It has been proven that Apple's curated app store doesn't prevent malicious software, Carrier IQ was only just removed from the iPhone and Apple fixes previously unknown iOS vulnerabilities in every other software release.



    I don't hide under my bed scared of the iOS monsters and I wouldn't expect Android users too either.
  • Reply 18 of 61
    jragostajragosta Posts: 10,473member
    Quote:
    Originally Posted by hittrj01 View Post


    Android as an OS is free, but OEMs have to pay a licensing fee in order to have access to Google services (Gmail, Maps, and most importantly, Android Market). Companies like Amazon and Barnes and Noble don't pay the fee because they use their own version of Android and use their own services instead of Google. Everything that has Google stuff on it, though, there is a license being paid.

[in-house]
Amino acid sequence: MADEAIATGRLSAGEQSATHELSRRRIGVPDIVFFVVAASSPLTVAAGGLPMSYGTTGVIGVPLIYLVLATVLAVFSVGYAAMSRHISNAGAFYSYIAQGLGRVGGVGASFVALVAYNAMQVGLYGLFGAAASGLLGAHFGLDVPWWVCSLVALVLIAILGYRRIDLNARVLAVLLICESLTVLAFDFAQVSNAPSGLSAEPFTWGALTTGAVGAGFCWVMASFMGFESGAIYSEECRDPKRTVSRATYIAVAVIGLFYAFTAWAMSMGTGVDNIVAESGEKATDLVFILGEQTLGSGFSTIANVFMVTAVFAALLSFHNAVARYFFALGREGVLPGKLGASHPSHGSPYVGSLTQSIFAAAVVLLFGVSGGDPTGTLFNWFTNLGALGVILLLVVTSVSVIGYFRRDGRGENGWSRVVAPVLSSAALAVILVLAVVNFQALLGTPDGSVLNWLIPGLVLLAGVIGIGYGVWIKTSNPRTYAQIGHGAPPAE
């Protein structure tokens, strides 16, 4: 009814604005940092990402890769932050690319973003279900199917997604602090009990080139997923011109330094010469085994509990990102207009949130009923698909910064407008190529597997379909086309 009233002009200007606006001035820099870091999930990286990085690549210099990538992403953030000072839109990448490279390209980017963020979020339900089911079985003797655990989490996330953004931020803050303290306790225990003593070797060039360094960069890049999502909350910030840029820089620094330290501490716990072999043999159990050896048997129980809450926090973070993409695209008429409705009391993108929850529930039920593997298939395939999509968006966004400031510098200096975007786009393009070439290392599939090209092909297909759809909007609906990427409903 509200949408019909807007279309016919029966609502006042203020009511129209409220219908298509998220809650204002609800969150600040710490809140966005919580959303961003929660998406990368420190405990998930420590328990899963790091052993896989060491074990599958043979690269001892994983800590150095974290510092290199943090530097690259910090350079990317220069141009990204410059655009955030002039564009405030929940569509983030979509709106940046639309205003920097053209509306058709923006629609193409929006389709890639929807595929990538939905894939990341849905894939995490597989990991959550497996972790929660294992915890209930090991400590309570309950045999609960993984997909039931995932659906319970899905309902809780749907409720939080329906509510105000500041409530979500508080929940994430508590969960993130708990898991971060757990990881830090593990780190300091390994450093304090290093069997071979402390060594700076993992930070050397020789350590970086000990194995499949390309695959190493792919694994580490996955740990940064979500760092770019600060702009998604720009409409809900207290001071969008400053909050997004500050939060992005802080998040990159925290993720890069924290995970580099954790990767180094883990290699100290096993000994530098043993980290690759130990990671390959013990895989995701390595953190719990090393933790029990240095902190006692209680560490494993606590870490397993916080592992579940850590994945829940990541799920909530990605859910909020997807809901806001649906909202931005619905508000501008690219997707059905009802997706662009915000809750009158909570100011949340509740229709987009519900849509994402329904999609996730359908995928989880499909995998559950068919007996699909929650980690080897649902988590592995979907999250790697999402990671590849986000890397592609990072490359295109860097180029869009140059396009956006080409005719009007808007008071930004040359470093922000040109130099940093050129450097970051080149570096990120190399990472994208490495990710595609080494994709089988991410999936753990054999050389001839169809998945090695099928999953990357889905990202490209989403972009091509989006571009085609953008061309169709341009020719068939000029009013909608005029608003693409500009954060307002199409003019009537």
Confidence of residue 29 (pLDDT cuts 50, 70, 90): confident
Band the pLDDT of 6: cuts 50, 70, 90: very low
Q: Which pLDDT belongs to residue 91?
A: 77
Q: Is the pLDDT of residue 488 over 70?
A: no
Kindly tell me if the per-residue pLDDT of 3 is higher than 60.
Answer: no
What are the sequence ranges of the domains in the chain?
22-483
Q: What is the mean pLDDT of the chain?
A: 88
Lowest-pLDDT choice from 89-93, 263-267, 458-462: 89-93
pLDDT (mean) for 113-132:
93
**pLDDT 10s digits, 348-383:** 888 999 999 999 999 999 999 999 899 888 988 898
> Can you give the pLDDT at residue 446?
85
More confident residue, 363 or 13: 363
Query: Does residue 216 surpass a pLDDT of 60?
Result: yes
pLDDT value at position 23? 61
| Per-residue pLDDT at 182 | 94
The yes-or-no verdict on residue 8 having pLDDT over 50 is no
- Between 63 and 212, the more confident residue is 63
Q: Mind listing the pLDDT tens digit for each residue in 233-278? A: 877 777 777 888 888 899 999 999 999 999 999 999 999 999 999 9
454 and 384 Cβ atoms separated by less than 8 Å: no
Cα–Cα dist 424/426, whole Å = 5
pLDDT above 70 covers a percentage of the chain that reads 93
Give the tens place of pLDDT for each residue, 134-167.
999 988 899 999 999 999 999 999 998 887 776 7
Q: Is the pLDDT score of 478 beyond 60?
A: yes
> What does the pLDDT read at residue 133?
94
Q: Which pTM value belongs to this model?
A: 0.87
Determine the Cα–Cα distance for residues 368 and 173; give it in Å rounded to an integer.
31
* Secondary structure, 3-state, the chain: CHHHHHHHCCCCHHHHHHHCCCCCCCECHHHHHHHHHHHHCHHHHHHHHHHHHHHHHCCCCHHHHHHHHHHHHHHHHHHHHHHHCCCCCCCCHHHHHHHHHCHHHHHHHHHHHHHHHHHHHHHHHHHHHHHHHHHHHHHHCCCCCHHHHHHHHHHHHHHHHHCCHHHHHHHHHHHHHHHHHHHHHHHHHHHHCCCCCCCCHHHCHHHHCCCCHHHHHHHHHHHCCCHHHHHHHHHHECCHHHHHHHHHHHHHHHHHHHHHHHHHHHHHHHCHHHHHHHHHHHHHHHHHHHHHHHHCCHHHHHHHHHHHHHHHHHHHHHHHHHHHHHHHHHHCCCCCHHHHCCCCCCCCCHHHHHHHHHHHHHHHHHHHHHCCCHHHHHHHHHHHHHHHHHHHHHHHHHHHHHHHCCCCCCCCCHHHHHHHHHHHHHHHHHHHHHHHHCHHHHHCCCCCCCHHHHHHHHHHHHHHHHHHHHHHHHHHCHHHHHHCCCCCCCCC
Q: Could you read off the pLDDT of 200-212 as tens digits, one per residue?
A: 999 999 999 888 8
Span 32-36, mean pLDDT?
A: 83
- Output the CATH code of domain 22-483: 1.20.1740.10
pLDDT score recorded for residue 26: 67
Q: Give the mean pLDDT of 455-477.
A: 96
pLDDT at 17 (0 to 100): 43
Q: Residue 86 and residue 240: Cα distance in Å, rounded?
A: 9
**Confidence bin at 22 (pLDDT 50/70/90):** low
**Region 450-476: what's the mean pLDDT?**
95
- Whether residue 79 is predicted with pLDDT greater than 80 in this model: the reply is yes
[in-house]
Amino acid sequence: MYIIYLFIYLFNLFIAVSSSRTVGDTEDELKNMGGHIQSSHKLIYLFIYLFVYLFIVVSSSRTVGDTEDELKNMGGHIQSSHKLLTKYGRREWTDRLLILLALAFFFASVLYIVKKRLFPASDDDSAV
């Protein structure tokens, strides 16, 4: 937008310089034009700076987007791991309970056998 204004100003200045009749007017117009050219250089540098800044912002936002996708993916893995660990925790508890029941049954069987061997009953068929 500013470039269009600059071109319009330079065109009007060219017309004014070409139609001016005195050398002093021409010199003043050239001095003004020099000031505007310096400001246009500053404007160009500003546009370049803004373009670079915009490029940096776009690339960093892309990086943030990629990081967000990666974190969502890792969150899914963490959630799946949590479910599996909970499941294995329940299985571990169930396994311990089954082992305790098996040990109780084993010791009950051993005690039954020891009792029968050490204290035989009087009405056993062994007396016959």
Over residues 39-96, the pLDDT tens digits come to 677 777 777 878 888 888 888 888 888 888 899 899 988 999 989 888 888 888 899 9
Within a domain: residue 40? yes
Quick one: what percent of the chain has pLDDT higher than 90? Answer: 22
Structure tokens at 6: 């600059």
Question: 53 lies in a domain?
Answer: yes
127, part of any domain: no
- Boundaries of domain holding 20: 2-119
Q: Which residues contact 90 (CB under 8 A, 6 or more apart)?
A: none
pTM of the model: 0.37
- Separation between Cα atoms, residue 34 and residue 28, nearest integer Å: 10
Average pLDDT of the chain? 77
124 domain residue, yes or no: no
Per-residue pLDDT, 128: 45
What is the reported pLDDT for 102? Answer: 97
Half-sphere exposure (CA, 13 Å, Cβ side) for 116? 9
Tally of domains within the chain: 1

Most of them are also paying a license fee to Microsoft.
  • Reply 19 of 61
    solipsismxsolipsismx Posts: 19,566member
    And here's another unresolved flaw with Android.Carriers and vendors can do whatever they want to the device allowing for even less consistency across vendors and carriers.
  • Reply 20 of 61
    Quote:
    Originally Posted by anantksundaram View Post


    What does 'creationism' have to do with his being pro-Apple/anti-Android?



    Nothing with that. But his entire online persona is real similar to the young earth creationists I've run across.



    Also he isn't merely pro-Apple anti Android he dehumanizes anyone who doesn't think like him or like what he likes.



    He is, it seems, a despicable human being.



    (Note: I know many creationists even YEC in real life and they are great people but those who post online tend to be...Apple ][-ish)